Cancer genetic counseling and testing can be used to identify a women's risk for hereditary breast and ovarian cancer. Ever since Hollywood actress Angelina Jolie used it, many other women have chosen to do the same.
But for women in rural communities, traveling to meet in person with cancer genetic counselors can be time-consuming and expensive. Now, a new study shows that getting cancer genetic counseling over the phone can be just as good as getting the same counseling in person. The work, led by Anita Kinney, at The University of New Mexico Comprehensive Cancer Center, was published in the Journal of Clinical Oncology
‘Getting cancer genetic counseling over the phone can be just as good as getting the same counseling in person, and can help to make cancer genetic services more widely accessible.’
All the women who took part in the study were at increased risk for hereditary breast or ovarian cancer. The researchers divided the women into two groups. One group traveled to meet in person with a cancer genetic counselor and the other received counseling over the telephone. Both groups of women received teaching materials and letters about their risk in the mail. With the women's permission, letters about their risk and how to manage it were mailed to their doctors.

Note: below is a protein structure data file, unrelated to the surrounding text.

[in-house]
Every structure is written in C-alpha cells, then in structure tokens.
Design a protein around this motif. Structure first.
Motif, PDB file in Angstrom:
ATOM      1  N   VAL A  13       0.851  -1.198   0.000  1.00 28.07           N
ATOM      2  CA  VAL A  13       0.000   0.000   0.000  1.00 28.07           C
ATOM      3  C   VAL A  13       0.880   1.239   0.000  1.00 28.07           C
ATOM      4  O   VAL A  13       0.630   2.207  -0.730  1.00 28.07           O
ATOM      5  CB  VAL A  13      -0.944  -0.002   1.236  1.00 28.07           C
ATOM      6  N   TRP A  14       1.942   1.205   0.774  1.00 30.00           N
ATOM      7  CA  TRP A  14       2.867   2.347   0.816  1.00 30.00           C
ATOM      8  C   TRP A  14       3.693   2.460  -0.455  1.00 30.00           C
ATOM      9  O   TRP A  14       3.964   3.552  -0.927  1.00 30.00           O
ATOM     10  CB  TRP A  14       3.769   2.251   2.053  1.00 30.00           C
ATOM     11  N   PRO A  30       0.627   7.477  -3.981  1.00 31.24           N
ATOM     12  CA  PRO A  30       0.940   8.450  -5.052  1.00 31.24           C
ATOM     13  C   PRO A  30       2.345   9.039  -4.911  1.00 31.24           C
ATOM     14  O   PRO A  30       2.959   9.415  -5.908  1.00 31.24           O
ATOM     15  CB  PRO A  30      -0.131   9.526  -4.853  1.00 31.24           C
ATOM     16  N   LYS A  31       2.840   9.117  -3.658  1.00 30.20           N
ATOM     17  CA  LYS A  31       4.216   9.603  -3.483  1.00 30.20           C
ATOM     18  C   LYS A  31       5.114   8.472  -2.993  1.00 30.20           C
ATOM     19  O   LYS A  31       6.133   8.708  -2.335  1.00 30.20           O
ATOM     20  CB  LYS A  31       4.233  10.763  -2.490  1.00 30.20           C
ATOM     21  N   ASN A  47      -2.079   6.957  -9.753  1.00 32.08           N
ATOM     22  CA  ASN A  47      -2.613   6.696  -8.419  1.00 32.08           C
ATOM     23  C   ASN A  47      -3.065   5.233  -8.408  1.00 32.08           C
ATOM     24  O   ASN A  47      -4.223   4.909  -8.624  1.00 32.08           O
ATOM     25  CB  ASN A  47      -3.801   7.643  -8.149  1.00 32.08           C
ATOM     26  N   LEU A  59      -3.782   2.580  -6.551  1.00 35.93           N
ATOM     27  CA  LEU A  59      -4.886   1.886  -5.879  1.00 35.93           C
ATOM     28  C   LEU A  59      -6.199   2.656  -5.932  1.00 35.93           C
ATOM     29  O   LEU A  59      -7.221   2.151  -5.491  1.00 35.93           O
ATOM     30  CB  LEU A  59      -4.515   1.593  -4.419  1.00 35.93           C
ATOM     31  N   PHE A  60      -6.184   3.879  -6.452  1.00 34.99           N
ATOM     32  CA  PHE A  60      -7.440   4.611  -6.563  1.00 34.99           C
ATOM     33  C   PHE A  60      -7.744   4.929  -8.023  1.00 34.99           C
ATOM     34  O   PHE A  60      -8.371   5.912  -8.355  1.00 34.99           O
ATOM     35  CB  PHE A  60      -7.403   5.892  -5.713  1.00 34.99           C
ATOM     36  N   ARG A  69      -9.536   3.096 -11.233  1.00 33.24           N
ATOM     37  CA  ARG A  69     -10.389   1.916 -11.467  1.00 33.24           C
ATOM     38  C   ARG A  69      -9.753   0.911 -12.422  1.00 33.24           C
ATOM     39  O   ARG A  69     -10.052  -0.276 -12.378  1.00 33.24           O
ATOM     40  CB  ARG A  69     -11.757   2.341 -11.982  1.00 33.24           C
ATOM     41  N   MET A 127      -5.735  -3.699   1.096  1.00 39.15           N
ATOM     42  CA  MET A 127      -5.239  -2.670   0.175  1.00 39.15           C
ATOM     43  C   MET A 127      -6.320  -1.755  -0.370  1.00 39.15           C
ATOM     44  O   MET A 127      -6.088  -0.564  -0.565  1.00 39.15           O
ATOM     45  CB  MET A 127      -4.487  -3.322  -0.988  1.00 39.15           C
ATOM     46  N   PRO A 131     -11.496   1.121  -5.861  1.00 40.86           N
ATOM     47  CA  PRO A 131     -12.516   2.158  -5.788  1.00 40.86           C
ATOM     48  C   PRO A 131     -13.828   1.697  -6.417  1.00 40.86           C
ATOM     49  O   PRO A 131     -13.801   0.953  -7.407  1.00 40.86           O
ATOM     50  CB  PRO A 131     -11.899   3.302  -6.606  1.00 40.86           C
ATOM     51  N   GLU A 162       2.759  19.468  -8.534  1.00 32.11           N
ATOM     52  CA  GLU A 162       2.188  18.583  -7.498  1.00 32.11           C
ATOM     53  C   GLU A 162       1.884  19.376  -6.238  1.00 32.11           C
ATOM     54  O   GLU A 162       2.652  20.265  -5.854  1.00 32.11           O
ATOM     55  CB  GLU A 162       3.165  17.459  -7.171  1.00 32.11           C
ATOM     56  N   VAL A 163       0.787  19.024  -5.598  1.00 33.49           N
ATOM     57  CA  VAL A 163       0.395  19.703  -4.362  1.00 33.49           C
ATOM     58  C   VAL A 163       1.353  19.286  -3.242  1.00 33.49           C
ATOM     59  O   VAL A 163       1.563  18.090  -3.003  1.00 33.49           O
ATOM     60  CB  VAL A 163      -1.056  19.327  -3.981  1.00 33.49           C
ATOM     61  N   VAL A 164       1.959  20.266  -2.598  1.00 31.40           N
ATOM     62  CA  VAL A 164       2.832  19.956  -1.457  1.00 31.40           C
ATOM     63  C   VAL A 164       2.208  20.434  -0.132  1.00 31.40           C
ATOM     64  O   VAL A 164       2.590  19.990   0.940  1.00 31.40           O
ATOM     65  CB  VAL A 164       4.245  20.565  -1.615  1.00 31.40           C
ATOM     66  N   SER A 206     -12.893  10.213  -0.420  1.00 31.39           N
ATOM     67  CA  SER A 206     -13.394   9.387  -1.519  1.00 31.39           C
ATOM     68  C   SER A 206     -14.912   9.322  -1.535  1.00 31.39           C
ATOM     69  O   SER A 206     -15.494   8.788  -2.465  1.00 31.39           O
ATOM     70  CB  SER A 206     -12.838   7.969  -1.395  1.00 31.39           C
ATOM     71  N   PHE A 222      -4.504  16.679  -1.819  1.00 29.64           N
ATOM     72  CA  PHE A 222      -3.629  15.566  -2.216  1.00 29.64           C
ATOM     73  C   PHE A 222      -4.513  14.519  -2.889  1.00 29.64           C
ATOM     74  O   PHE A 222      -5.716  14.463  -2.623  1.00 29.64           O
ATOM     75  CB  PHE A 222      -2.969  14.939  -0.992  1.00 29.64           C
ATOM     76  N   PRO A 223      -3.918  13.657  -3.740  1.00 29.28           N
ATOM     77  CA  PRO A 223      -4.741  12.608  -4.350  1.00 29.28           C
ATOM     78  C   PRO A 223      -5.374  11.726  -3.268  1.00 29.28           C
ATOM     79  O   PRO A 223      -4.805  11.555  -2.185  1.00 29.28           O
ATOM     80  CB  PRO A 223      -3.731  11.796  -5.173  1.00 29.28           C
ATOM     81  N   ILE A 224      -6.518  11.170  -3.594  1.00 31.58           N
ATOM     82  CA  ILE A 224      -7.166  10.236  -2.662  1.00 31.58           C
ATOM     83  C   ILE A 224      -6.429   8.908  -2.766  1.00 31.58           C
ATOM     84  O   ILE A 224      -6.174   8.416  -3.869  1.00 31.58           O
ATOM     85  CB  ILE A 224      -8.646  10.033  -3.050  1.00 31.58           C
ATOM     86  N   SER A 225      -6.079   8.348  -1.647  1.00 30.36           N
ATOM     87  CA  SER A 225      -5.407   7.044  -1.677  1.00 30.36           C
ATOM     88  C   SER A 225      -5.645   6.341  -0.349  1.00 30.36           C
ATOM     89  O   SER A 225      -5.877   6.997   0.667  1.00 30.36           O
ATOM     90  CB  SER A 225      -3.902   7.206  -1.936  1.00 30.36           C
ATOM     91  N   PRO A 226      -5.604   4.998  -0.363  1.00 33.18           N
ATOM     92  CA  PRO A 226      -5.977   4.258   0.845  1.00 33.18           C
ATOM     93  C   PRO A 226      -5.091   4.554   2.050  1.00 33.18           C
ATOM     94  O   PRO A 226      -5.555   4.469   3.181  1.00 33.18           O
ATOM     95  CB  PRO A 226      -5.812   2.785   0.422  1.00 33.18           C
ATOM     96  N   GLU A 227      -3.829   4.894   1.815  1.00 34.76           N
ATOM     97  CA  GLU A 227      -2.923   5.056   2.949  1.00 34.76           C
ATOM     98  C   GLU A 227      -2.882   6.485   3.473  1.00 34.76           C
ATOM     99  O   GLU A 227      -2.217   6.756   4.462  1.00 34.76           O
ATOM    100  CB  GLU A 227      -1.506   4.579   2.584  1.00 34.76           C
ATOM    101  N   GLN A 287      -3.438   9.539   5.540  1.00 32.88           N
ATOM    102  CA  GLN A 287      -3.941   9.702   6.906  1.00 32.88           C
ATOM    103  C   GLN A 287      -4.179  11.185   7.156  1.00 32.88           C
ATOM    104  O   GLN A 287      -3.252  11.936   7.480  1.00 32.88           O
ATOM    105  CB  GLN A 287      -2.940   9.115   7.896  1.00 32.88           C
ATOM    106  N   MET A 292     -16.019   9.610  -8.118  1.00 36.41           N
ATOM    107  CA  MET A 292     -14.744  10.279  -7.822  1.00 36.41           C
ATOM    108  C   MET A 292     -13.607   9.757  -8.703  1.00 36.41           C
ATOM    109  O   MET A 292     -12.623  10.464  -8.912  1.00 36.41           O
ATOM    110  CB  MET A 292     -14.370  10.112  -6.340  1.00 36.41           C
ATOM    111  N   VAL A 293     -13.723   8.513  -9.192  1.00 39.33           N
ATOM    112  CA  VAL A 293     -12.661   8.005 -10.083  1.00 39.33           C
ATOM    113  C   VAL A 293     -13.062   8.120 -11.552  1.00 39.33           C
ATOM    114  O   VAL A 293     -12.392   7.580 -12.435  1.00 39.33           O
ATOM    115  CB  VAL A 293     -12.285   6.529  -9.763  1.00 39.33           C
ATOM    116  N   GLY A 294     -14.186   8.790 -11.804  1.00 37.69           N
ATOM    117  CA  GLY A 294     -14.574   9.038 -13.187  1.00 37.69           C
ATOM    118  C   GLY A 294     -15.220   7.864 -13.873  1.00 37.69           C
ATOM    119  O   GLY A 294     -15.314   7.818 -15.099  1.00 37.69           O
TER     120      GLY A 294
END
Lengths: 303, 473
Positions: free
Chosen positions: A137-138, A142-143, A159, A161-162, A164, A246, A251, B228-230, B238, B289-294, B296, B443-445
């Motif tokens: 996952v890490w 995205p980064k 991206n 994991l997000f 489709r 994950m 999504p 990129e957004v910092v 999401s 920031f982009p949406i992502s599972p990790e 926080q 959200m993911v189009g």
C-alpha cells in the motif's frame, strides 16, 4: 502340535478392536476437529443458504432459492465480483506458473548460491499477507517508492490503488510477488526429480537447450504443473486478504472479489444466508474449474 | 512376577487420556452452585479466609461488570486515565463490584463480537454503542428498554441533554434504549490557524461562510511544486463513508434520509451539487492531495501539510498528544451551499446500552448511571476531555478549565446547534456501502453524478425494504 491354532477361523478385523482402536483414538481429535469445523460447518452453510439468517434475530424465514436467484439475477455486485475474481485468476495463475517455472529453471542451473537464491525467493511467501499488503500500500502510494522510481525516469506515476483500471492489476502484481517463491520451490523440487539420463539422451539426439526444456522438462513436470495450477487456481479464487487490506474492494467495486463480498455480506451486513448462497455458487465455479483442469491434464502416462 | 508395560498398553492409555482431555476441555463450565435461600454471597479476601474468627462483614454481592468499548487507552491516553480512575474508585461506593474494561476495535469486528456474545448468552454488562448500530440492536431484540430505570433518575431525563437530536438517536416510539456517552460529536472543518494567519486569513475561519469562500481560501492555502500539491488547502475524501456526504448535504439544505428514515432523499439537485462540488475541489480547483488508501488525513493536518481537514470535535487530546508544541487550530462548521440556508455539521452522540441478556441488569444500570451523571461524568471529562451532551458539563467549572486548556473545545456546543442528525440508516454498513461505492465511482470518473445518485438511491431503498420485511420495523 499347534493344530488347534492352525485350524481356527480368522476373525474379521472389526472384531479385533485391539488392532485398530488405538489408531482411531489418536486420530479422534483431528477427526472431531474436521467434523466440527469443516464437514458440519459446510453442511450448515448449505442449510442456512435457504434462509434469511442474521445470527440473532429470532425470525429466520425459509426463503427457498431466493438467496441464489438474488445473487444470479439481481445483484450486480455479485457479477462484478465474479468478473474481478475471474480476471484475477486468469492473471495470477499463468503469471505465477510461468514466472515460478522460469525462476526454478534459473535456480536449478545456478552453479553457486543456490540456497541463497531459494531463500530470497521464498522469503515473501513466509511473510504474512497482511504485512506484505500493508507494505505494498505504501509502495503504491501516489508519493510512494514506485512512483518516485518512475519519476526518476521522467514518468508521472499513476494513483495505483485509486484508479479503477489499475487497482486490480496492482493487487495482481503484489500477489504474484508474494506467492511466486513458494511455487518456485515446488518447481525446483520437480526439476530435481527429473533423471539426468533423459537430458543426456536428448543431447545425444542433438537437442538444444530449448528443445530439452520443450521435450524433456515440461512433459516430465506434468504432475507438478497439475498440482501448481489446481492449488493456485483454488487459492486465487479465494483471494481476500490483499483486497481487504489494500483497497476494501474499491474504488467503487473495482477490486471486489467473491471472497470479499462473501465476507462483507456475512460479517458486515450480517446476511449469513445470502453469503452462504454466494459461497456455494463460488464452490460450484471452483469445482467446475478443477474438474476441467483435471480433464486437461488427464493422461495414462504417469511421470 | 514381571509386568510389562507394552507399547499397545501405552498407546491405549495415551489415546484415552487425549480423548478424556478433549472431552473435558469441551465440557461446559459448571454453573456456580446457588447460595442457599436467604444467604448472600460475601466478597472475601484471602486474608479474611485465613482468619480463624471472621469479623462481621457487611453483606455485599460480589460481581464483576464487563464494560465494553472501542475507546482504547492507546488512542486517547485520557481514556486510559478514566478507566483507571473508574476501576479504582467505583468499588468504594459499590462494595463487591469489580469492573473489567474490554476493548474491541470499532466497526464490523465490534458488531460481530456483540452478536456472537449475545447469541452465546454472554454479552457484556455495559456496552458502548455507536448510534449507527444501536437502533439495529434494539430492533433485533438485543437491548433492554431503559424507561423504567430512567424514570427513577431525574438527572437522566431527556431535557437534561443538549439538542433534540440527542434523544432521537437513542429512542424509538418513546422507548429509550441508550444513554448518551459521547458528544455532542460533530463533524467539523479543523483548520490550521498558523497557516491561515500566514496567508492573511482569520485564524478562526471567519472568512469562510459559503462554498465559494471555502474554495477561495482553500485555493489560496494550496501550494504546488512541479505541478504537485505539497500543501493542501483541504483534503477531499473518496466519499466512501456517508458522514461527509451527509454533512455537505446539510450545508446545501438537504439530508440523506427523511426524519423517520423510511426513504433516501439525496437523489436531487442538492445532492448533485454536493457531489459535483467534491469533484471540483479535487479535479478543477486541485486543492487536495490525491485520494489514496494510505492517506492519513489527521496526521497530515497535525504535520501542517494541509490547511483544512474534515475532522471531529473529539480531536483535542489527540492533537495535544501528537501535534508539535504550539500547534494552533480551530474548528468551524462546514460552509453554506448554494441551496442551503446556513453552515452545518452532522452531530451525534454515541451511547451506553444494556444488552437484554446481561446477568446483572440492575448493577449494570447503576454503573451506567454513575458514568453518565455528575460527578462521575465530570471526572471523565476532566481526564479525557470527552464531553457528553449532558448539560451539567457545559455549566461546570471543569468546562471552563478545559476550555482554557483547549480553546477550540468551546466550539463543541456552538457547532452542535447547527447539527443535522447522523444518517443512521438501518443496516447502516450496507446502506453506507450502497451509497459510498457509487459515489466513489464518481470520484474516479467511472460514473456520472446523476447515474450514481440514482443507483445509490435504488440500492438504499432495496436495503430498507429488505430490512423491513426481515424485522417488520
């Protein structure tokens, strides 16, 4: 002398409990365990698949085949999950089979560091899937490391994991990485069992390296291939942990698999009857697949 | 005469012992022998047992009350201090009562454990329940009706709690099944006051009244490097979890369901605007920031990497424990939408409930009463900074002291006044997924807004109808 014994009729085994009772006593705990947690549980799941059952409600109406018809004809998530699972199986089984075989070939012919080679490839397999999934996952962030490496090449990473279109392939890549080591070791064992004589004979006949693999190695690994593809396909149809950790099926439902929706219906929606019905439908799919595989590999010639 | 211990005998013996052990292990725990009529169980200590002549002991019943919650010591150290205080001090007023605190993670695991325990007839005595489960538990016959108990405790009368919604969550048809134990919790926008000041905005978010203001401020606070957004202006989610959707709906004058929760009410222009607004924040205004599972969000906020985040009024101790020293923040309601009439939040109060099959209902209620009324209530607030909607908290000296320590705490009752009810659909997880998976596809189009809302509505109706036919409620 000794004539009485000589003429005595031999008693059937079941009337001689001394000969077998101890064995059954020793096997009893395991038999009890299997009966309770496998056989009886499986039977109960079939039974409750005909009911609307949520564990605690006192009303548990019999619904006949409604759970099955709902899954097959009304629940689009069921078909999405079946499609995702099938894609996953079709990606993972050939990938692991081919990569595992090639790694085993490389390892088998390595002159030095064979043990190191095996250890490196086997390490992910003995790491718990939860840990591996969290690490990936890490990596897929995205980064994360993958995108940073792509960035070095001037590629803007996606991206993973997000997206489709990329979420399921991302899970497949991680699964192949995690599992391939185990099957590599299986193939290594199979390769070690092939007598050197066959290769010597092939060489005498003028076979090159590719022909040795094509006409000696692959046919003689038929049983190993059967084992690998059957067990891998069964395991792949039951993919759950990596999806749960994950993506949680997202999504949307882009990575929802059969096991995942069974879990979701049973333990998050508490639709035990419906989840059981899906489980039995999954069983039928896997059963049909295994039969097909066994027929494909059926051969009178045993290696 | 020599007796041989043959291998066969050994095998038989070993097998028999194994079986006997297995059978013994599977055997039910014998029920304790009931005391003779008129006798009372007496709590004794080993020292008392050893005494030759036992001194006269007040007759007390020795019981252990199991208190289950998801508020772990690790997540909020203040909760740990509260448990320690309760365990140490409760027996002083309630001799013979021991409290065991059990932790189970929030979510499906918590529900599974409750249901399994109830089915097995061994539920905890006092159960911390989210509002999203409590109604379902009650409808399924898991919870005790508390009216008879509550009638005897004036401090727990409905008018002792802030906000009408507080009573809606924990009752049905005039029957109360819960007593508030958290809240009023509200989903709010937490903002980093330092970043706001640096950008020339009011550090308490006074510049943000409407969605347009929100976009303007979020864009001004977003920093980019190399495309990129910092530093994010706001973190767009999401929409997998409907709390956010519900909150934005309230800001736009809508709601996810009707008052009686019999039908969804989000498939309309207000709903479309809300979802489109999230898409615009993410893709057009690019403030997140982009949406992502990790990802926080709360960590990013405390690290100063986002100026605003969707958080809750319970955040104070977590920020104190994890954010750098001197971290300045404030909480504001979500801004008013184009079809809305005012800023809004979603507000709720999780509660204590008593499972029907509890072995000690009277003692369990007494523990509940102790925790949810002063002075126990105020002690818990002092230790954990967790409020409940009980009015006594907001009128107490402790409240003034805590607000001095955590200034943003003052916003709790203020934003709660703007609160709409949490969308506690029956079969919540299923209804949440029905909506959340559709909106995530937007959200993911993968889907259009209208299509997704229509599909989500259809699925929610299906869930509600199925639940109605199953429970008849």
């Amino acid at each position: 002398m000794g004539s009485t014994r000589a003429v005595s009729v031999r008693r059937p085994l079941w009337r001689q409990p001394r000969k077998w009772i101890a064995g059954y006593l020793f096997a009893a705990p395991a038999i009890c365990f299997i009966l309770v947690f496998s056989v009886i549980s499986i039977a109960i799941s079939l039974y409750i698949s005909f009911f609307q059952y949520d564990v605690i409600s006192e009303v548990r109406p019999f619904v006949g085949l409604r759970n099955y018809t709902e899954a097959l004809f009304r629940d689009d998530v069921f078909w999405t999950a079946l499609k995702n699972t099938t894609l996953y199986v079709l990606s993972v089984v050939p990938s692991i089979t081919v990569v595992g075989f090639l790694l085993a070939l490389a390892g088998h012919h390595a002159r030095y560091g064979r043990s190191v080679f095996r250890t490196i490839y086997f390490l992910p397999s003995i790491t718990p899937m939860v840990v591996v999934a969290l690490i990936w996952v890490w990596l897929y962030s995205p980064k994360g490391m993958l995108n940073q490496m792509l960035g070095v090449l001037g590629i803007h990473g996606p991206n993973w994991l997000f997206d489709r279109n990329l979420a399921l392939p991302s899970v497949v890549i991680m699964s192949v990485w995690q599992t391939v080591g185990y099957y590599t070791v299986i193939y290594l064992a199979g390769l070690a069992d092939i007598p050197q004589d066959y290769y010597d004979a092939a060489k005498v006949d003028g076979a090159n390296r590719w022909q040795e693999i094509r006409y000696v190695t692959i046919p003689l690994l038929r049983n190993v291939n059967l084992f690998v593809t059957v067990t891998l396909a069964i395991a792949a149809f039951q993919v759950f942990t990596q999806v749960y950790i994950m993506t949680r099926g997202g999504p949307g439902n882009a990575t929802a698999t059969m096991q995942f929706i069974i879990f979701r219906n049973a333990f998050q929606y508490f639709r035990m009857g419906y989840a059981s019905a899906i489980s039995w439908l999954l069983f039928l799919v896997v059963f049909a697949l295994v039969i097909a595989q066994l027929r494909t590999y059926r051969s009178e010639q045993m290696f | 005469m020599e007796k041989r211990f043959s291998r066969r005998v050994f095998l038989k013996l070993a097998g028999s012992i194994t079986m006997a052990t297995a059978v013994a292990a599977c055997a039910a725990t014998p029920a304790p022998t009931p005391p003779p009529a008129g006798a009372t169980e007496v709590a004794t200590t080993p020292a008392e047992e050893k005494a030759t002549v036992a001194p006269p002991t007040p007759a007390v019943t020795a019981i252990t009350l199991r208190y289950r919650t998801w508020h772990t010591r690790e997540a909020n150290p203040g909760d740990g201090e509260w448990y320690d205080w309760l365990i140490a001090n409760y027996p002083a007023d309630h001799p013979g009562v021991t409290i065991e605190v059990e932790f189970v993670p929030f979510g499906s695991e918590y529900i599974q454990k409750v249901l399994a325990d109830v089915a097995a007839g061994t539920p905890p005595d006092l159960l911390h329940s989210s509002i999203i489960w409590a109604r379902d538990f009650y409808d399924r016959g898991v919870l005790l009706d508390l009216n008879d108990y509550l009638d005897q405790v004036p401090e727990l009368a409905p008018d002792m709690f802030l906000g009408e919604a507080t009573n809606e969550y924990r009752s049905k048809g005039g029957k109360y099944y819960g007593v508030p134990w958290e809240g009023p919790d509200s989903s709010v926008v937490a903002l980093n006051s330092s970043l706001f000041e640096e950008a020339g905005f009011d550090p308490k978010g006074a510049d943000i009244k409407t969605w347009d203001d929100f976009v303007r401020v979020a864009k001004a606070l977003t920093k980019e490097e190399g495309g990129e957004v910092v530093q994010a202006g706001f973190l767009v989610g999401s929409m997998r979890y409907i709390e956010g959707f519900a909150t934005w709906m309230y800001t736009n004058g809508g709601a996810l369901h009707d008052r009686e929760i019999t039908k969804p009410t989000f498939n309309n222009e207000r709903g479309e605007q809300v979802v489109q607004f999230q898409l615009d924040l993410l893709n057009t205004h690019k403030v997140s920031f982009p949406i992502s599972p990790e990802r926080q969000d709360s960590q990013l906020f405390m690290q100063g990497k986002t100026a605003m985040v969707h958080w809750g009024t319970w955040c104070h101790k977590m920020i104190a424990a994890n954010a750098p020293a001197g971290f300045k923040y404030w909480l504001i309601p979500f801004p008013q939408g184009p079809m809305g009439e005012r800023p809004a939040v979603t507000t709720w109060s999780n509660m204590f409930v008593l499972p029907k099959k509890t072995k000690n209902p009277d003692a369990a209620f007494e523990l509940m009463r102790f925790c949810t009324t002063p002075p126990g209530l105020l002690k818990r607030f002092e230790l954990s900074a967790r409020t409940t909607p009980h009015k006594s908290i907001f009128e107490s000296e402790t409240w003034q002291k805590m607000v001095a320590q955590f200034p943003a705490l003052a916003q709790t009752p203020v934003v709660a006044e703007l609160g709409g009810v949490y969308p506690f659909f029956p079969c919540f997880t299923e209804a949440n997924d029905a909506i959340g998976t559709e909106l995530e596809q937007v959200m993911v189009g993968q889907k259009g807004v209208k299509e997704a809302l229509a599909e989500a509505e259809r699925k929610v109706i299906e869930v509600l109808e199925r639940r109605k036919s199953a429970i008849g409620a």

One year after their counseling, the study assessed how the women felt: their anxiety and cancer-related distress, and how much control and how informed they felt about their risk and medical recommendations. It also tracked how many women went on to get genetic testing. Both groups benefited similarly from genetic counseling.
"This study provides important evidence that telephone counseling is an effective alternative to in-person counseling," says Kinney. "It can help to make cancer genetic services more widely accessible, which is an important consideration in rural states like New Mexico. We hope that our study's results will help increase health insurance coverage of telephone counseling so that more cancer patients and their family members can benefit from potentially lifesaving cancer risk information."